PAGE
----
America reacts to Osama bin Laden death

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Chants of “USA, USA” spread like wildfire Sunday night as Americans learned Osama bin Laden, leader of the al-Qaida terrorist organization responsible for the Sept. 11  attacks on American soil, had been killed by U.S. forces.

His death was the result of almost 10 years of searching and intelligence work, as well as a specific lead to a hideout location discovered by the government in mid-February.

U.S. officials said the lead pointed toward a compound in Abbottabad, Pakistan, where bin Laden was thought to reside. The belief stemmed from intelligence analysis about the $1 million custom-built compound, which had 18-foot high walls, two security gates and no phone or Internet.

The knowledge was kept secret, but President Barack Obama chaired five National Security Council meetings during March and April. The final meeting was last Thursday, one day before he ordered the mission which resulted in the al-Qaida mastermind’s death.

The military operation began when two dozen troops from Navy SEAL Team Six, a top military counter-terrorist unit, entered the hideout in Abbottabad, according to U.S. officials. After 40 minutes of firefight, during which bin Laden was killed, the troops left by helicopter.

Four others in the compound were also killed, one of them identified as bin Laden’s son.

In a short speech confirming bin Laden’s death, Obama referred to a sense of unity that prevailed on Sept. 11. He said although that unity has frayed at times, the day’s achievement was a testament to the greatness and determination of the American people.

“Tonight, we are once again reminded that America can do whatever we set our mind to,” he said. “That is the story of our history, whether it’s the pursuit of prosperity for our people, or the struggle for equality for all our citizens; our commitment to stand up for our values abroad, and our sacrifices to make the world a safer place.”

He also noted, however, the war on terrorism is far from over.

This idea was expanded upon on Monday morning when initial celebrations turned to questions surrounding details and thoughts of what happens next.

Jeffrey Drope, an assistant professor of political science at Marquette, said although many Americans sense a feeling of victory, there is also a feeling of unease. He said bin Laden’s death does not solve more systematic problems.

“U.S.-Pakistani relations may be even more awkward in the short to medium term,” he said. “It’s not clear what the relationship was between the two countries for the operation, and I’m certain we will not know for a long time.”

Drope also commented on al-Qaida retaliation, which is a fear many Americans have considered.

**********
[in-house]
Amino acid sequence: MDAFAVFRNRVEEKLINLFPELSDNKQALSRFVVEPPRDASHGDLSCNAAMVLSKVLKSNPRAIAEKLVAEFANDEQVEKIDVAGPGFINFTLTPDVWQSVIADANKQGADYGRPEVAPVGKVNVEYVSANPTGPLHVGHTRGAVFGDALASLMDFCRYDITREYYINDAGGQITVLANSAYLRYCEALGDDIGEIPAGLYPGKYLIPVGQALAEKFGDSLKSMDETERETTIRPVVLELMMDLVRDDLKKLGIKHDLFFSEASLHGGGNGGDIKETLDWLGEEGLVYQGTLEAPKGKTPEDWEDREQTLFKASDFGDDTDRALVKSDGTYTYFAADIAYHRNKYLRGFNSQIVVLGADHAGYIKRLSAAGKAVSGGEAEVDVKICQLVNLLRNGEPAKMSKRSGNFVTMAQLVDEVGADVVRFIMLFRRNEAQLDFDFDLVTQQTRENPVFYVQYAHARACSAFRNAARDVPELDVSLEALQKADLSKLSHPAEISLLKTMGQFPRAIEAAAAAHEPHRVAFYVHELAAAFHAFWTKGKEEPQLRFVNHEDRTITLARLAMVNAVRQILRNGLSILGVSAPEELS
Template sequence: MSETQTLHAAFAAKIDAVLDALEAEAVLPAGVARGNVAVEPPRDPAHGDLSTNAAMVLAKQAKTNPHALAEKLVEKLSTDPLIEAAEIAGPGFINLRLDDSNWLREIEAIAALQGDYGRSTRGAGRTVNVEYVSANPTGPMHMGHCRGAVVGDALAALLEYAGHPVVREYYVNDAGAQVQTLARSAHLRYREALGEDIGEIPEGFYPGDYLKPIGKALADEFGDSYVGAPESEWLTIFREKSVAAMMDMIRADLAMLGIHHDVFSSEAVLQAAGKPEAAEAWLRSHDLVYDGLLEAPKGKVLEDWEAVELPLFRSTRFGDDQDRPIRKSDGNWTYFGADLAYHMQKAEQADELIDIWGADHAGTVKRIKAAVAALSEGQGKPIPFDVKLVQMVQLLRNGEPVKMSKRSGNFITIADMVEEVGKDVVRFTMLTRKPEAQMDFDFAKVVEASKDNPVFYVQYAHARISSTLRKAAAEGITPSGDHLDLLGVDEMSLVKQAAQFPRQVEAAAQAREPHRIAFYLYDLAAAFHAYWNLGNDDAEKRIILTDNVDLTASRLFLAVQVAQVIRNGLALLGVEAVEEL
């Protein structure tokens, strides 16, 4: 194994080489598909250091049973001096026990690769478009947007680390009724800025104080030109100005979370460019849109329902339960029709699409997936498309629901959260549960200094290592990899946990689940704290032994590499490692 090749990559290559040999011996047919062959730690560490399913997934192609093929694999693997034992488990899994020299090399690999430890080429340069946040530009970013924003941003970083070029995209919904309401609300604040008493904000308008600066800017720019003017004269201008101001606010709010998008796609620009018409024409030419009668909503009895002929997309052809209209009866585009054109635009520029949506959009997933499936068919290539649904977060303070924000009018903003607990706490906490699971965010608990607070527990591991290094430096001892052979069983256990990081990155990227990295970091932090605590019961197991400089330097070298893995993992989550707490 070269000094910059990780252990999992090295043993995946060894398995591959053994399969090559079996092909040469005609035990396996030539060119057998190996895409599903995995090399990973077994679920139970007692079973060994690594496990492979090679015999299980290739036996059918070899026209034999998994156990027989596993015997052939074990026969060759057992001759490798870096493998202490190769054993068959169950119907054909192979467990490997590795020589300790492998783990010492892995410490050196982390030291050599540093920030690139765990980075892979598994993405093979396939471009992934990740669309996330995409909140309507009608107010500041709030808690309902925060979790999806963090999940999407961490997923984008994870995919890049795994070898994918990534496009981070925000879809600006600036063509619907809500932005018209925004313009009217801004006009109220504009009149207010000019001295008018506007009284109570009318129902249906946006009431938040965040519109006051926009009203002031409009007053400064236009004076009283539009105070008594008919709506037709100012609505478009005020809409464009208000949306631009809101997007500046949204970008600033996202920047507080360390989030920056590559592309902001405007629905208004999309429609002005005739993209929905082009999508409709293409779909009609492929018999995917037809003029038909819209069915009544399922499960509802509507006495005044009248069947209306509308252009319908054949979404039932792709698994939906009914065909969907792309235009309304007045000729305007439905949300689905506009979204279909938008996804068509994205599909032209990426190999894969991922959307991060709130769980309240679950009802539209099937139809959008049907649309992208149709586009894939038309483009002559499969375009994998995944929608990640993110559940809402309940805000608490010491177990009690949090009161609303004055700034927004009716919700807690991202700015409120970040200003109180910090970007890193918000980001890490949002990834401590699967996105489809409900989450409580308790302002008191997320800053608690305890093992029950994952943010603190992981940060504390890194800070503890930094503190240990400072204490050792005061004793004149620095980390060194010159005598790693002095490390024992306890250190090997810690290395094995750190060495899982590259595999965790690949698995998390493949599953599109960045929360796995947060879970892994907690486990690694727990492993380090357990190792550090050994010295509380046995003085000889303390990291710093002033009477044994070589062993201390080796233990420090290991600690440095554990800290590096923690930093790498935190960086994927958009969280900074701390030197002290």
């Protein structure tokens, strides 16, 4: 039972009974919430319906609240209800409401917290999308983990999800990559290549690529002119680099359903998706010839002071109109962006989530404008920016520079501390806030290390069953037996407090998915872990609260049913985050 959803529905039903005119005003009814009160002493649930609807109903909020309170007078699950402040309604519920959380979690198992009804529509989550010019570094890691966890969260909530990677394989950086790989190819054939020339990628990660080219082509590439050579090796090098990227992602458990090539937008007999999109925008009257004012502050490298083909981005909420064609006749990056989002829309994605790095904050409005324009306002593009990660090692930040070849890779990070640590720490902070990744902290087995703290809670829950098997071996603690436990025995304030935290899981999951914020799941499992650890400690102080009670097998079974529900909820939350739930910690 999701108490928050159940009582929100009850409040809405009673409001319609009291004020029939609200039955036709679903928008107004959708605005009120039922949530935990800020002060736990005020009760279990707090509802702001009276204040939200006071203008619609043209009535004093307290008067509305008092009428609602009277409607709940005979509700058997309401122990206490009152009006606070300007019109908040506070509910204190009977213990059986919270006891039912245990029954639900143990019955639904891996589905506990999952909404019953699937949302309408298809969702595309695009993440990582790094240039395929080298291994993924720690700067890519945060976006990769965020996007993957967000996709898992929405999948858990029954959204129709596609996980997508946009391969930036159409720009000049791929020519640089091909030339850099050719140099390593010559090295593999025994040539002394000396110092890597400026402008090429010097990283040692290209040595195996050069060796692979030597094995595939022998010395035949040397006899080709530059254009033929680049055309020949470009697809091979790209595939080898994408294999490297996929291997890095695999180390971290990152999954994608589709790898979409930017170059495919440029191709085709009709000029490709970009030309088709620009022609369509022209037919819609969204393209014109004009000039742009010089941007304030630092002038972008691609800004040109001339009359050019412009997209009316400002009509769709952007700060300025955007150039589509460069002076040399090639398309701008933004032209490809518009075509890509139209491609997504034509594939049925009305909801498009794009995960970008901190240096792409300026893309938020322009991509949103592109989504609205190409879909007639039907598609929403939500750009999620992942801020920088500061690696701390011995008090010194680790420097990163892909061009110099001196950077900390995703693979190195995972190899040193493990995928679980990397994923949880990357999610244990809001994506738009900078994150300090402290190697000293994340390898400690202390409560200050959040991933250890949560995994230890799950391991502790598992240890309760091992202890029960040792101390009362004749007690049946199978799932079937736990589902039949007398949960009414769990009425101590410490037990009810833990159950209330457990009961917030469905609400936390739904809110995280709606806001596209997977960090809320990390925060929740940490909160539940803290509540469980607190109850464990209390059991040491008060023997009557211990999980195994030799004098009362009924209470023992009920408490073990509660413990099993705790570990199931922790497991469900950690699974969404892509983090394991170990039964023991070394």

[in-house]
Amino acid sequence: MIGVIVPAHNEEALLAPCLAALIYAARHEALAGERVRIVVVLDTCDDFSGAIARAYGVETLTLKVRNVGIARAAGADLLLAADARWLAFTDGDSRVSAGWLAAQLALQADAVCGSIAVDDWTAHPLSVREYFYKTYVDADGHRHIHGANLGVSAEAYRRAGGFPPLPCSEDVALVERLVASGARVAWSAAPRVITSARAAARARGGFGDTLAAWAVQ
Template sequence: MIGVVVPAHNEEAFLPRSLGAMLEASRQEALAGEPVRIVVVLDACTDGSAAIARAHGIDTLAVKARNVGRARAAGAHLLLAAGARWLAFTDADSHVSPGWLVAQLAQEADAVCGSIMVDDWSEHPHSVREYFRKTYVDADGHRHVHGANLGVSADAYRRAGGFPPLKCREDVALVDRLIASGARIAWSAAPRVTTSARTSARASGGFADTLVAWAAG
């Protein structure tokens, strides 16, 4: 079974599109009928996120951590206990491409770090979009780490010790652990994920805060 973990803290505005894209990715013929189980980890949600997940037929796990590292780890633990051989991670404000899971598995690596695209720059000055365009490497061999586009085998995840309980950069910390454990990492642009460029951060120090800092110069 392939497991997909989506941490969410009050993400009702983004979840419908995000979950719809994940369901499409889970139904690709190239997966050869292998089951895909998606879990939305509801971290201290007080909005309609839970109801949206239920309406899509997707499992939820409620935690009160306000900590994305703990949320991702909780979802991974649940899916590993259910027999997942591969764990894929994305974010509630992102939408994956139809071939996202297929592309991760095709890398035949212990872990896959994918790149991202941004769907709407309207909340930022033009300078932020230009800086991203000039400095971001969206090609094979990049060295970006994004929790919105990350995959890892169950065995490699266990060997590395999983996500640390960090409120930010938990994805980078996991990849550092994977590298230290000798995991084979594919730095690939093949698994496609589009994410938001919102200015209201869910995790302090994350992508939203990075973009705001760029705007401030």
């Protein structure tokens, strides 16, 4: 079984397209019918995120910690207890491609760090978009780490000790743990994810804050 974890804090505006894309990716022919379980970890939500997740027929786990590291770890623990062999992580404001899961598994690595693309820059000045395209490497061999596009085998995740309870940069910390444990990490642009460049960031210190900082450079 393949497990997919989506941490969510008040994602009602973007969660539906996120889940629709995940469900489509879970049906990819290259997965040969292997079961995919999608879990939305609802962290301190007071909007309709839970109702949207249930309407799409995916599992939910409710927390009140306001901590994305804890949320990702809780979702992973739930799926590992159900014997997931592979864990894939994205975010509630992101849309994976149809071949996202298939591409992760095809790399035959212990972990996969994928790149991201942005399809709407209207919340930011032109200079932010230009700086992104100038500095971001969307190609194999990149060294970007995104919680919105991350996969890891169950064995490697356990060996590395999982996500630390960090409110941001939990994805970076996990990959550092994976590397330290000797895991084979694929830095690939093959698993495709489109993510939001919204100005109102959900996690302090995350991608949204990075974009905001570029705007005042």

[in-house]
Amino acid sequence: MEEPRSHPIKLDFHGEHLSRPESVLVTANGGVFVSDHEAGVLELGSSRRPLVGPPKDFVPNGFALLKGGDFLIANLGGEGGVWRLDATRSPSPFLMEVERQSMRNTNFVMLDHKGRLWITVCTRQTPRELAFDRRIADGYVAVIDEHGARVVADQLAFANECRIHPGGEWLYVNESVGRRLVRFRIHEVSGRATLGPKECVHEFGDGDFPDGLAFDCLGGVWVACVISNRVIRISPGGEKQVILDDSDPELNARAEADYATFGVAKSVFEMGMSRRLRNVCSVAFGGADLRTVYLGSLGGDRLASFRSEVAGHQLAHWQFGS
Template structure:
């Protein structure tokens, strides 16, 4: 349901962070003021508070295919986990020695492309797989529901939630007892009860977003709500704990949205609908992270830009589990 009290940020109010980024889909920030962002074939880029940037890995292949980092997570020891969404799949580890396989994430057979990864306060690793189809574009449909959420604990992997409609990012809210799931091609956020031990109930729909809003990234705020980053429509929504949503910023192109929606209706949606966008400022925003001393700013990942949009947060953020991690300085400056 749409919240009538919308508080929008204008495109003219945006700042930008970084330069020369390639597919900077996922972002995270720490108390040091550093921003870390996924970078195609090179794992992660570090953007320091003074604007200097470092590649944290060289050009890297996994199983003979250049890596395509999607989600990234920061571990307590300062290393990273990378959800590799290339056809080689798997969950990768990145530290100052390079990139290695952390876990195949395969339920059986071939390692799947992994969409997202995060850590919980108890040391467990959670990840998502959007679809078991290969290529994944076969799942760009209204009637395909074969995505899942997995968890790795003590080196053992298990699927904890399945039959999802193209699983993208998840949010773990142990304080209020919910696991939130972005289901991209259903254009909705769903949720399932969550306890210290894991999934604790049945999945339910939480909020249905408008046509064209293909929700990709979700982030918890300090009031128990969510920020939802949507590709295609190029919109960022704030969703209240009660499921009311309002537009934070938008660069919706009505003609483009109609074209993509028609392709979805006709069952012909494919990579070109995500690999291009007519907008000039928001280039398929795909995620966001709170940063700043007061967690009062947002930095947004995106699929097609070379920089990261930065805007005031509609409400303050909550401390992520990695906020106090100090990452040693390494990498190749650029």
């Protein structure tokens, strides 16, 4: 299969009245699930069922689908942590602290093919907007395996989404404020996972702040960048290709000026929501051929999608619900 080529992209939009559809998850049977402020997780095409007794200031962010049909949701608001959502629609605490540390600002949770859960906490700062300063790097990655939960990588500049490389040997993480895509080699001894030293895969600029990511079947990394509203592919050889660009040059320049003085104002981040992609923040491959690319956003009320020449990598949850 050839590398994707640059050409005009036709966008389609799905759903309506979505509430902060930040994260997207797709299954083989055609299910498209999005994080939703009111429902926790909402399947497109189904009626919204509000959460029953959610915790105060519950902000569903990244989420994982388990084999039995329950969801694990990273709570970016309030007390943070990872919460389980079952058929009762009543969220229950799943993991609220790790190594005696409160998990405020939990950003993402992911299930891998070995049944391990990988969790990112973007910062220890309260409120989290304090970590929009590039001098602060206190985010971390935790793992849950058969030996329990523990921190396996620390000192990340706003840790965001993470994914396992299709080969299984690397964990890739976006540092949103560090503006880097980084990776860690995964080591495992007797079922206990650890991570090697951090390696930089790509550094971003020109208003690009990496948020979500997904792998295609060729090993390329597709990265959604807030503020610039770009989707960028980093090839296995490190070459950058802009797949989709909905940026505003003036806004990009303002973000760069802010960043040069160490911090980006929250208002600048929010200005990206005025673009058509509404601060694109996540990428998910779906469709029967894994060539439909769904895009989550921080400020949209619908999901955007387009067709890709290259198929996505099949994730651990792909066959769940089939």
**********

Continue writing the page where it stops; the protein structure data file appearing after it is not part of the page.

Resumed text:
“I can only imagine the U.S. has significantly increased security at U.S. military bases and diplomatic missions,” he said. “There is a possibility of retaliation, but it will be difficult to distinguish a retaliatory attack from one that would have happened at some point anyway.”

An example of this was seen in posts made online by one senior al-Qaida ideologue who went by the name of Assad Jihad2. The individual posted a eulogy for bin Laden on numerous websites, according to Al-Jazeera, an Arabic-language news network. He also promised to “avenge the killing of the Sheik of Islam.”

Al-Jazeera also noted the Pakistani Taliban threatened attacks against government leaders, including Pakistan President Asif Ali Zardari, the Pakistani army and the United States.

Other questions centered around bin Laden’s burial at sea.

Many Muslims adhere to the tradition that bodies should be buried within one day. Drope suggested the burial may have been done for strategic purposes.

He said the “burial at sea” could be removed from physical reality to ensure no place would be symbolic of bin Laden’s death.

“There was no grisly display of the body that might have provoked severe reactions,” Drope said. “I’m sure this was all by careful design.”

Bin Laden’s death will slightly change the U.S. government’s focus from the past 10 years. Yet there is a specific group of people it will affect even more: soldiers and those in training.

Cadet Michael Ploetz, a junior in the College of Arts & Sciences and ROTC member, said bin Laden’s death came as a great victory for all members of the United States Military, as well as cadets.

He also said he and many of his fellow cadets joined the military in response to the Sept. 11 attacks, and it is important to remember that thousands of men and women dedicated the last 10 years of their lives to make bin Laden’s capture a reality.

“As a cadet, this victory serves as a great motivator,” Ploetz said. “However, the job is not done and our soldiers are still over there fighting to protect the people of Afghanistan … the mission hasn’t changed.”

The statements made by Cadet Michael Ploetz are of his own opinion, not of the United States Army, WI National Guard or Marquette army ROTC.

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